Ahmadiyya Muslim community representatives stated Ahmadi families were unable to register their marriages with local administrative bodies, known as union councils, as those councils considered Ahmadis to be outside the authority of the Muslim Family Law of 1961. Some community representatives said Christians faced difficulties in registering marriages with Islamabad union councils because the councils claimed they had no authority to deal with unions recorded by Christian marriage registrars – usually church authorities. Parliament, church leaders, and advocates debated the text of a new draft law to govern Christian marriages nationwide, as the existing regulation dated from 1872. Members of the National Assembly and officials of the Ministry of Human Rights and the Ministry of Law and Justice held consultations with church leaders from prominent Christian denominations and with NGO representatives, but there was no agreement among different church denominations and between church leaders and NGO representatives on elements of the text pertaining to divorce and interfaith marriage at year’s end. NGOs lobbying for amendments to permit divorce in a wider range of circumstances praised the Ministry of Human Rights’ efforts to consult with stakeholders and overall efforts to accelerate progress on the bill.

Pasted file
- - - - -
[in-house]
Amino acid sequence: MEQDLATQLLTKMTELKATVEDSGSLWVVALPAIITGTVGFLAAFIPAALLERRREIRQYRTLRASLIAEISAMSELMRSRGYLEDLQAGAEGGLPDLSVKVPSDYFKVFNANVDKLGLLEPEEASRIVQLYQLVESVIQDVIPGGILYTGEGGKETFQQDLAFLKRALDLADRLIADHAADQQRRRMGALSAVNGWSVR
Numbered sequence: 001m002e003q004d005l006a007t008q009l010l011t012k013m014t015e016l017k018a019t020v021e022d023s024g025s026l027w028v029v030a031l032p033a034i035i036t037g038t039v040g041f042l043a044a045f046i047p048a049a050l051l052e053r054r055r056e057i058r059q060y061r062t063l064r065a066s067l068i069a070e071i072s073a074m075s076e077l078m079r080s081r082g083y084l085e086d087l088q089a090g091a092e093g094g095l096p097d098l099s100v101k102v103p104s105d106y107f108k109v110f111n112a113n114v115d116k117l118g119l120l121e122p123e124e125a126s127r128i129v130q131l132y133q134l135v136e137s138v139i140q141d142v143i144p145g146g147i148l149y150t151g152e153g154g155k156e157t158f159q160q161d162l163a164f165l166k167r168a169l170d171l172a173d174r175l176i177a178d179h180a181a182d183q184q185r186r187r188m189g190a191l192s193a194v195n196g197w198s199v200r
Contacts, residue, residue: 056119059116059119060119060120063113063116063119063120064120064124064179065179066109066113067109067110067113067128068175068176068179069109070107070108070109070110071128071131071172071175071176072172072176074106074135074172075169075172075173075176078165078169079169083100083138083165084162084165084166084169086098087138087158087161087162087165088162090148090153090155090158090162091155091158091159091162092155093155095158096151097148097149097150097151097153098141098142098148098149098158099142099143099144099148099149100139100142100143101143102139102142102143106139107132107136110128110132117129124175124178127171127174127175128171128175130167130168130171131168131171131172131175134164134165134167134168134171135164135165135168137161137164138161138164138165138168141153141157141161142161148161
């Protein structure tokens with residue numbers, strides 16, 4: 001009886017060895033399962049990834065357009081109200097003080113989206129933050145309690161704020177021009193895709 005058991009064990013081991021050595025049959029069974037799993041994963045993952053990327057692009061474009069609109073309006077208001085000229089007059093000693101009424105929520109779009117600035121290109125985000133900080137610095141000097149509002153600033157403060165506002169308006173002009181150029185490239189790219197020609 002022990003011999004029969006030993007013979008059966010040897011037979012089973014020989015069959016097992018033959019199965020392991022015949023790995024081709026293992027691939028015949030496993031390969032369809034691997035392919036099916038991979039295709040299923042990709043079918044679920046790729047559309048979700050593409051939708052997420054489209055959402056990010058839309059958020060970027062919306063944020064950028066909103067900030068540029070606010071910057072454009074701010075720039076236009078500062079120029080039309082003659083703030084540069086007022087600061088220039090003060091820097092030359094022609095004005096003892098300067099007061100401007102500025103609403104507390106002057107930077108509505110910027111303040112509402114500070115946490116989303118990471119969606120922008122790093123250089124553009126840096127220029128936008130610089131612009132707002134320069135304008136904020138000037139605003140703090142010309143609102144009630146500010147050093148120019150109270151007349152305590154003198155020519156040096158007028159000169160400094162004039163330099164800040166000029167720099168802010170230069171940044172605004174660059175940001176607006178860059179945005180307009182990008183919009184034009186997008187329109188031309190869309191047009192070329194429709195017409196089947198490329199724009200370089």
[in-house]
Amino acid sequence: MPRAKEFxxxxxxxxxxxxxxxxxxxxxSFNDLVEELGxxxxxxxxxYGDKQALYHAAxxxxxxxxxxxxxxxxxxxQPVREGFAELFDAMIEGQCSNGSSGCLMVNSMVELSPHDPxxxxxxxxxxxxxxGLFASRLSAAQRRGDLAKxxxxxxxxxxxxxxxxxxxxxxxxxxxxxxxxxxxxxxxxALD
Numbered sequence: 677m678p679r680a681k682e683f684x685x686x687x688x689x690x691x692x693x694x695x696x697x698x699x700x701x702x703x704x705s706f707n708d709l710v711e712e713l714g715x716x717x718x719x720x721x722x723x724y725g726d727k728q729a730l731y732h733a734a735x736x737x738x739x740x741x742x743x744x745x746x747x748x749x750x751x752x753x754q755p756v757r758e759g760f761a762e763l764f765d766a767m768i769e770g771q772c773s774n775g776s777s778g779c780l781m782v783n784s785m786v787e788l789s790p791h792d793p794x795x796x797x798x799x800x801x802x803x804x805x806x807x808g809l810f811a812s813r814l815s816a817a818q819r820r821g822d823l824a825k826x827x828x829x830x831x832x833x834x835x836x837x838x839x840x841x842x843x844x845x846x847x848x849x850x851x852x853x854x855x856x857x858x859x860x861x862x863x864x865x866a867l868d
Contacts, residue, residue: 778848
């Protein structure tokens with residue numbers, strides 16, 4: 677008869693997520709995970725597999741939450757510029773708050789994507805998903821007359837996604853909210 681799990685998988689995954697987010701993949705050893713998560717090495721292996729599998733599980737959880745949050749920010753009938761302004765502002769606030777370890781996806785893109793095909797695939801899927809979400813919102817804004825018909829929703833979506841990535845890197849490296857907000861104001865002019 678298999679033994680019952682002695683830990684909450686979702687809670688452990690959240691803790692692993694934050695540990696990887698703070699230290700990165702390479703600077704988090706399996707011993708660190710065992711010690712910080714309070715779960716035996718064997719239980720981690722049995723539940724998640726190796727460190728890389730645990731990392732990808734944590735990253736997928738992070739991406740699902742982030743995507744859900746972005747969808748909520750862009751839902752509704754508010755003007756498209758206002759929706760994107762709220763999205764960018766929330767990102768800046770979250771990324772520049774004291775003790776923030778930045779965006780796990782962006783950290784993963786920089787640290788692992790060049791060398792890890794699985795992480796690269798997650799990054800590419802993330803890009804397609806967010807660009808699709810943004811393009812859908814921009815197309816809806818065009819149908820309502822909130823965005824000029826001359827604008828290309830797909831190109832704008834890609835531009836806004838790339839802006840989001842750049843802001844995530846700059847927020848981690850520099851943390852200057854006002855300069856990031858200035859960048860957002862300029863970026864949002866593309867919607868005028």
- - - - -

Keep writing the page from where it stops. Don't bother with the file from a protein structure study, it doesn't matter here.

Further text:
The government continued to fund and facilitate Hajj travel for most Muslims, but Ahmadis were unable to participate in the Hajj, community leaders said, because of passport application requirements to list religious affiliation and denounce the founder of the Ahmadiyya community.

The government continued to prohibit citizens, regardless of religious affiliation, from traveling to Israel. Representatives of the Baha’i community said this policy particularly affected them because the Baha’i World Center – the spiritual and administrative center of the community – was located in Haifa, Israel. Christian advocates also called on the government to allow them to travel to Israel. In January the federal government allowed Jewish citizen Fishel Benkhald to travel to Israel after he appealed to the Ministry of Foreign Affairs for special permission.